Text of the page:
It’s been tough.
Mind you, I did the same as many of you have when the Chargers decided to toy with the idea of leaving San Diego, their home for 55 years. I started to disassociate myself from being a Chargers fan. I stopped actively watching games. The one Charger cap I owned stayed in its place save for one Sunday, that game where the Chargers decided to lie down for a ‘Super Bowl hangover’ subpar Denver team. All the same, the slow separation from the team I grew up cheering didn’t make that fated announcement any easier.
I was raised a Charger fan thanks to my father, a Pee-Wee football coach and full-time football fan. I spent a Halloween as a Charger, watched the 1994 Super Bowl bound team flail against an all-world 49ers team and grew up cheering on the Bolts towards a 14-2 2006 season, a dreary loss against the Patriots in the 2007 AFC Championship Game and a miraculous game against the Colts in the 2008 postseason.
What’s more is this: I’m not a San Diegan. I’m from the Imperial Valley. Usually I relate this to denizens of San Diego in the following dialogue:
“I’m from the Valley.”
“The sign on the 8 freeway that says El Centro? Yeah, there.”
The Imperial Valley is a collection of towns and cities within a 10-20 minute drive of each other, smack in the middle of the desert. We’re most known for our agriculture and are generally referred to as a “small border town” in your evening news. Growing up, many of my classmates saw San Diego as the city of opportunity. San Diego was the city you aim for to get out of the Valley and to start your life, only to end up back in the Valley 2 years later when you either A) wash out of college or B) find out you can’t rent a shoebox in El Cajon on a part time job without 4 other roommates. San Diego always represents that enduring hope that there is something bigger and better than the Imperial Valley, even if that hope is (usually) blind and disregards the Valley for all the simple pleasantries and ease of living it offers. The Valley is also a bandwagon paradise; Raiders, Cowboys, Panthers, 49ers, Dodgers, Giants, Yankees, Red Sox, you name it, there’s a fan of it here. Being a Padres fan here is a solitary existence; a Charger fan slightly less so. San Diego is where my teams were, just over the mountains.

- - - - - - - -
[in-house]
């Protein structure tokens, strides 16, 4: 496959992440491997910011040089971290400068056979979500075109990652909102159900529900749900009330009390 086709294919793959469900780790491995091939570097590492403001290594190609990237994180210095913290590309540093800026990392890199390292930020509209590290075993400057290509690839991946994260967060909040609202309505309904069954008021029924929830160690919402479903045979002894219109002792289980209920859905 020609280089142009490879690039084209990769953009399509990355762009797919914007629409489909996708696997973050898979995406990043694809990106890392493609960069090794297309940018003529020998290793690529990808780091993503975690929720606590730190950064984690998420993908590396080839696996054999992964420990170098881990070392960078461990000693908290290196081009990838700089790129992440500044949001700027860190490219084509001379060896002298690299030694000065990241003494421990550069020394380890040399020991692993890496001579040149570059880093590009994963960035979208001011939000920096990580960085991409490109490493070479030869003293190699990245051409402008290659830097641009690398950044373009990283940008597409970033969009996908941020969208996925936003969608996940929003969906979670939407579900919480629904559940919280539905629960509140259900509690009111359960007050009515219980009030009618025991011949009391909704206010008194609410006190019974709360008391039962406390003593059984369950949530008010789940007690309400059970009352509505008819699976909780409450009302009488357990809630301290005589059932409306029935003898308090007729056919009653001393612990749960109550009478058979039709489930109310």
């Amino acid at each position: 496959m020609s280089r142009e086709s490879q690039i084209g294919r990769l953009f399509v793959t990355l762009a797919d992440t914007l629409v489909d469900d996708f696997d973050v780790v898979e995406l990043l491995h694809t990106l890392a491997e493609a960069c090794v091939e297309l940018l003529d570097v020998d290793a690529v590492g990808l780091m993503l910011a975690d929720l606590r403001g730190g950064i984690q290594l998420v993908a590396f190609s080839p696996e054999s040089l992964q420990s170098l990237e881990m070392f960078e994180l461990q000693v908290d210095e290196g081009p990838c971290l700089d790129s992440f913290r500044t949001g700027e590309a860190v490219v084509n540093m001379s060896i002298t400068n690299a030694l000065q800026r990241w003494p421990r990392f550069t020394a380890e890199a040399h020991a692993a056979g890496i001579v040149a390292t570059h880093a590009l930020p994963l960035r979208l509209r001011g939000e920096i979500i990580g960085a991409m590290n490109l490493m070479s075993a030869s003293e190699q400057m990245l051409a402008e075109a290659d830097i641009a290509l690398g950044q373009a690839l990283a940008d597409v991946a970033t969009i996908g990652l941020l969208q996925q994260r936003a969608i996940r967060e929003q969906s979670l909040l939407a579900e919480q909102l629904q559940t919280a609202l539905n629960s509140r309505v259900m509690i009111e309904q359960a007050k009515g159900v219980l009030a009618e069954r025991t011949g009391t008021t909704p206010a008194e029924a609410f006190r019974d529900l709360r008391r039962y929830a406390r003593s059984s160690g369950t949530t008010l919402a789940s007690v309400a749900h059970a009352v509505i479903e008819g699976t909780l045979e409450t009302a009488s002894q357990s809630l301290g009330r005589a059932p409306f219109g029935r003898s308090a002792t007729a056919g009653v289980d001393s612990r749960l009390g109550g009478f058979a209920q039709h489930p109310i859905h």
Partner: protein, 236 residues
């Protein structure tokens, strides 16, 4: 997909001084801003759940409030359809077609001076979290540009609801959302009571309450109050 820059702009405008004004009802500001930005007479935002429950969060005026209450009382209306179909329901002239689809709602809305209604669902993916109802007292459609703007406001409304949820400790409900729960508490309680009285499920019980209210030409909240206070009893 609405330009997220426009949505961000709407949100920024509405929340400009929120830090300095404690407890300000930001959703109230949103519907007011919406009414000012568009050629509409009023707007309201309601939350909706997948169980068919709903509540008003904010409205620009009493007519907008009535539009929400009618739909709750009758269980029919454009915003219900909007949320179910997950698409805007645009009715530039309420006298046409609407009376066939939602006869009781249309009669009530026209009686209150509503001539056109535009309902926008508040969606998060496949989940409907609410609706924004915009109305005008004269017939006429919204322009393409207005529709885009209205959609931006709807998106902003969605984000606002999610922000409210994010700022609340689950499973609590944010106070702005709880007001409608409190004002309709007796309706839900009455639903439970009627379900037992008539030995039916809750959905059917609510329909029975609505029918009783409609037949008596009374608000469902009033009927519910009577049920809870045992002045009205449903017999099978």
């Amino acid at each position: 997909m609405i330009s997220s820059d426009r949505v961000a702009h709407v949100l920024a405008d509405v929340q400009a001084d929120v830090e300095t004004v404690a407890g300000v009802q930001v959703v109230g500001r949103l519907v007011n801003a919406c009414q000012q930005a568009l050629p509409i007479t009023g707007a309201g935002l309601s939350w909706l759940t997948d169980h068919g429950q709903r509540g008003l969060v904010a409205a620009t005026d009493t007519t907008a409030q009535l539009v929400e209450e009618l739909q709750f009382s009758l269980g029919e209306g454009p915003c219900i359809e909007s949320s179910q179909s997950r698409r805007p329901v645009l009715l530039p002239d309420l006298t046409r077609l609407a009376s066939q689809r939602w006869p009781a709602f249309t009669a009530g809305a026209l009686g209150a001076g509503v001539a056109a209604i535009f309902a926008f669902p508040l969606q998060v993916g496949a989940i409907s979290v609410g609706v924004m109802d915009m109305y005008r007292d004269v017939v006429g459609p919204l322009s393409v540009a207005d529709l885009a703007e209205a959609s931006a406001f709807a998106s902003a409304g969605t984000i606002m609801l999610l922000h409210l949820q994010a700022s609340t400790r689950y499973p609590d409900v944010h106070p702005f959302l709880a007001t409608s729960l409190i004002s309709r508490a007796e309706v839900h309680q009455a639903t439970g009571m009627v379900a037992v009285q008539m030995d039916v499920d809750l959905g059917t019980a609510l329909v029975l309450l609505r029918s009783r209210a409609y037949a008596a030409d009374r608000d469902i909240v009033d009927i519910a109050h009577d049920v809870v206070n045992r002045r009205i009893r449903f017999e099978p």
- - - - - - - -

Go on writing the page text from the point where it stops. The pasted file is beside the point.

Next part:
So with the announcement of Dean Spanos taking his ball to an over-crowded and considerably less fine city, I decided to renounce my fanhood to the Chargers just the same as many of you have. With that renouncement I have decided to double down on the Padres and focus most of my fanhood on the team that isn’t leaving San Diego anytime soon. While we won’t have the best season (by most projections), at least the Padres will remain in San Diego, where they belong...where they’re wanted.
I’ve also decided to stop actively watching football as a whole. Without a team to cheer on, I’ve lost interest in a sport that is falling out of vogue for myriad reasons. This is the sport where lack of care with player safety and sheer ignorance of the effect of continuous damage to one’s brain led to the loss of one of the greatest Chargers to ever play: Junior Seau.
While I eagerly await the start of Spring Training for our Padres, I also wonder what the future of San Diego sports holds. I honestly couldn’t bring myself to cheer for another NFL franchise should one move to San Diego, whether it be the Jaguars (meh) or the Raiders (just can’t). Should a MLS franchise land in San Diego, I may just try to watch soccer. I could also see myself watching an NBA franchise. SDSU could also fill the football void.
What will you do with the Chargers leaving? Will you also double down on the Padres and await the future of San Diego sports? Has the loss of our NFL franchise disillusioned you towards being a fan in general? Let’s talk it out, together.